Thomas Fuller (1608-61) was educated at Queens' College, Cambridge. As a Fellow-commoner of Sidney Sussex, and later of Lincoln College, Oxford, he enjoyed the leisure which allowed him to pursue his antiquarian researches. The Worthies was published posthumously by his son John, a Fellow of Sidney Sussex.
From The History of the Worthies of England (1662), pp. 219-20; repr. in edition of P. Austin Nuttall (1840), II. 379-80:
EDMOND SPENCER born in this City, ★ was brought up in Pembroke-hall in Cambridge, where he became an excellent Scholar, but especially most happy in English Poetry, as his works do declare. In which the many Chaucerisms used (for I will not say affected by him) are thought by the ignorant to be blemishes, known by the learned to be beauties to this book; which notwithstanding had been more salable, if more conformed to our modern language.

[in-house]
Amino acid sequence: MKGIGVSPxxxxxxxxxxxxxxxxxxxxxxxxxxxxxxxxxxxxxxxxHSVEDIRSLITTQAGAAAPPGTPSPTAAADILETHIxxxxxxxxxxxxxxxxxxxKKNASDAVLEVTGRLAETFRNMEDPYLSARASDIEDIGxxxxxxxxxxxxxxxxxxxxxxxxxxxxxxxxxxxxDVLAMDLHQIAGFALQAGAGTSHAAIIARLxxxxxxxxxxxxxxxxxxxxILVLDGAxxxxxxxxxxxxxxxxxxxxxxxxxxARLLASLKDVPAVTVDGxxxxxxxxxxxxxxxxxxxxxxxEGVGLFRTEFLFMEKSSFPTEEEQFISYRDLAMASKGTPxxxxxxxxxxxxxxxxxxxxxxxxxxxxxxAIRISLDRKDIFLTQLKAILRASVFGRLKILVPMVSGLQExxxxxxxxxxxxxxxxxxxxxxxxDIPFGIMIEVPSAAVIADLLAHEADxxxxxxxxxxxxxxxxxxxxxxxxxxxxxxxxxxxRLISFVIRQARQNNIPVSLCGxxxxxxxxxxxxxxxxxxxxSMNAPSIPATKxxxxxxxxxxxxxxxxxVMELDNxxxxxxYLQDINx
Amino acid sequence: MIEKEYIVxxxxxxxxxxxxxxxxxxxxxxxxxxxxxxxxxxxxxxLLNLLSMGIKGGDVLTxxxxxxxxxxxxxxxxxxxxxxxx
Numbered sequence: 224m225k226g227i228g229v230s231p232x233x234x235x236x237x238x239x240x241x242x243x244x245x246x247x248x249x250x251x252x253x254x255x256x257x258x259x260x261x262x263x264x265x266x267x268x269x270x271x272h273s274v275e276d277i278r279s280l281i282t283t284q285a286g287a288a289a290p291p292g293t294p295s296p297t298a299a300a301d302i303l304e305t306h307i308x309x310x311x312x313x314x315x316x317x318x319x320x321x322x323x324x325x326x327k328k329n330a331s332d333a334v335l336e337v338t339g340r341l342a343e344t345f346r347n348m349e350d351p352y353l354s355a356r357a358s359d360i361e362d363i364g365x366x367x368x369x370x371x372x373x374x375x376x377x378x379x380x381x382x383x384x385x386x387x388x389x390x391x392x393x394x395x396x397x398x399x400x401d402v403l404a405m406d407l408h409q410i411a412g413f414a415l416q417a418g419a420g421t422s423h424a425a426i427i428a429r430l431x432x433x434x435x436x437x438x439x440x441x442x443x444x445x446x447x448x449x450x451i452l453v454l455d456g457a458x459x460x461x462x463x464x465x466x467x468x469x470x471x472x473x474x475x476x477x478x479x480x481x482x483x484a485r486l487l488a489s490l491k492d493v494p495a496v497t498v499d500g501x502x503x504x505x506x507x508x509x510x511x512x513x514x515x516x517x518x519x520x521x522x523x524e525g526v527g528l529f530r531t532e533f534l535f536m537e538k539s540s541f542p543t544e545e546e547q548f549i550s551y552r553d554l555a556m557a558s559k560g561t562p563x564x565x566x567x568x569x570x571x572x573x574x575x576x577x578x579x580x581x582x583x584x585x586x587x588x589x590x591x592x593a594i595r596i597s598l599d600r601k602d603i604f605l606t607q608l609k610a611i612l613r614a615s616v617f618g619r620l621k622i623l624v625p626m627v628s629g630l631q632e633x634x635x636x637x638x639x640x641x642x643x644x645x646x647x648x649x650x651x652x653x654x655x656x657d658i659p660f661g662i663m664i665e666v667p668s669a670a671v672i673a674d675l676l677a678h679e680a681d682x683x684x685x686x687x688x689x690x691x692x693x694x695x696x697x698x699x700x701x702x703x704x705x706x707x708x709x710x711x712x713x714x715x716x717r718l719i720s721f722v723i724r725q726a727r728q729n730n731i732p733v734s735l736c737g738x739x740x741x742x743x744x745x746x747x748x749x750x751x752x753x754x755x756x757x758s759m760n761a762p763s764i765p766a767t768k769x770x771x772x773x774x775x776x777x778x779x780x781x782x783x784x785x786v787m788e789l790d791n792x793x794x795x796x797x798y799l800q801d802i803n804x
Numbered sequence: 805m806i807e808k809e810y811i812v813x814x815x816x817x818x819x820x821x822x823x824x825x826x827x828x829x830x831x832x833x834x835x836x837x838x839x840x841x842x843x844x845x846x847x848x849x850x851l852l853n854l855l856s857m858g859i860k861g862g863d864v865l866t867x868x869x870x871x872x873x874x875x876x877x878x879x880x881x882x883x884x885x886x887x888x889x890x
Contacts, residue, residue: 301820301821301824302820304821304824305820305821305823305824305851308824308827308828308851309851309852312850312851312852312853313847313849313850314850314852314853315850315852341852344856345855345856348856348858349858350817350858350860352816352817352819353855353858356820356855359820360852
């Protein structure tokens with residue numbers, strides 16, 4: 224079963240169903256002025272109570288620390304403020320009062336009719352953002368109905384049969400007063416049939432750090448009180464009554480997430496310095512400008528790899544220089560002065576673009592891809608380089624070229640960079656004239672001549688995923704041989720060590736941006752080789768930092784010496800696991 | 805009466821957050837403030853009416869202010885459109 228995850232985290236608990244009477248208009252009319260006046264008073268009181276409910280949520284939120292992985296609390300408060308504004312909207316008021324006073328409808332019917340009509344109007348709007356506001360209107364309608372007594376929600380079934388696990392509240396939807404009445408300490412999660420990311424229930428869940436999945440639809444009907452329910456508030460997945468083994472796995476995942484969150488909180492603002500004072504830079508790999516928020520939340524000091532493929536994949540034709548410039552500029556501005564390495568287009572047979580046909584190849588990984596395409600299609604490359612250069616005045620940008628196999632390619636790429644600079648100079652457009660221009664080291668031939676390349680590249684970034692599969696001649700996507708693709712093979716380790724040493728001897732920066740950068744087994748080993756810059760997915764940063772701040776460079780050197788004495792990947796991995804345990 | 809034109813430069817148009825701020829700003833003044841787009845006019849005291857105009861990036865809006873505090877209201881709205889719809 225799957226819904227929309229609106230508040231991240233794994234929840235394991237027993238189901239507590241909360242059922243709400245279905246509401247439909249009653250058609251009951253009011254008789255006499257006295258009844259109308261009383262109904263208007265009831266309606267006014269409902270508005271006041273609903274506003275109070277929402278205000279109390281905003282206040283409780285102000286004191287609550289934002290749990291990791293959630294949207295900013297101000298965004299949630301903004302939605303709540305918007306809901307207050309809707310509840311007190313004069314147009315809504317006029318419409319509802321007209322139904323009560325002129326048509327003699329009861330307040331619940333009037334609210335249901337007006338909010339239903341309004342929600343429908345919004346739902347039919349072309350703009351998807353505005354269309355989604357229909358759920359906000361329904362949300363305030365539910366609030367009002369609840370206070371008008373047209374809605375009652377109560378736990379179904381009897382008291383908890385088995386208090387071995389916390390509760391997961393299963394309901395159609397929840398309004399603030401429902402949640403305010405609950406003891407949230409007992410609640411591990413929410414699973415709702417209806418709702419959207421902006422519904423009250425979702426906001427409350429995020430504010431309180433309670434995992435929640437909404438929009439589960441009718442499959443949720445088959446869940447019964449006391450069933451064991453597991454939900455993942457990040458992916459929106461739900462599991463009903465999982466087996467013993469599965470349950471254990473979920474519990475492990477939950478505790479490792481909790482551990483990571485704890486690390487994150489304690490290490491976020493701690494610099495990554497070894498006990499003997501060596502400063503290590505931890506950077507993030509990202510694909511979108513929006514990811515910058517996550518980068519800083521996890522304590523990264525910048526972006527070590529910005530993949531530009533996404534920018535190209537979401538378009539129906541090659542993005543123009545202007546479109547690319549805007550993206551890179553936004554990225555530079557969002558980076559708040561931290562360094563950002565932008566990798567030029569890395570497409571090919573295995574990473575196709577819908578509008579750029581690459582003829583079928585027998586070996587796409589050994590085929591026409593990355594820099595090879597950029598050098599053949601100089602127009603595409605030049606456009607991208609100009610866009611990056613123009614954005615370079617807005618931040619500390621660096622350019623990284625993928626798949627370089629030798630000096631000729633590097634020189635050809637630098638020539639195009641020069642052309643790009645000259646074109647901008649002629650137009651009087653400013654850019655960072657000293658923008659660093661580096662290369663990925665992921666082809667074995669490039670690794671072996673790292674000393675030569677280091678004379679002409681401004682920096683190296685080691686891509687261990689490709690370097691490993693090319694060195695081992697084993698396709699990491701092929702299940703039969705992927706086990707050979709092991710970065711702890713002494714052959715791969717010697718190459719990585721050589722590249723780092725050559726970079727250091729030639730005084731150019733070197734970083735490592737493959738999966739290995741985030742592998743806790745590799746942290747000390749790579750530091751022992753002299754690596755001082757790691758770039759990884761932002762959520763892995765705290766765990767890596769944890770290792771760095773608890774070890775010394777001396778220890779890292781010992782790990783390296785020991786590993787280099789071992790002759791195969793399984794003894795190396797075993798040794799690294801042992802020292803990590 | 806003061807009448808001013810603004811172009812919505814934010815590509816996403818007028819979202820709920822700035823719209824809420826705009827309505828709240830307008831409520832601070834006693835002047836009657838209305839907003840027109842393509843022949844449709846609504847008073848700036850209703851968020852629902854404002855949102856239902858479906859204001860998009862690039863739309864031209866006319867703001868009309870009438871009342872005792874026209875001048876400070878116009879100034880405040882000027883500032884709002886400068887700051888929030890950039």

There passeth a story commonly told and believed, that Spencer presenting his Poems to Queen Elizabeth: She highly affected there-with, commanded the Lord Cecil Her Treasurer, to give him an hundred pound; and when the Treasurer (a good Steward of the Queens money) alledged that sum was too much, then give him (quoth the Queen) what is reason; to which the Lord consented, but was so busied, belike, about matters of higher concernment, that Spencer received no reward; Whereupon he presented this petition in a small piece of paper to the Queen in her Progress,
I was promis'd on a time,
To have reason for my rhyme;
From that time unto this season,
I receiv'd nor rhyme nor reason.
★Camb. Eliz. in Anno 1598.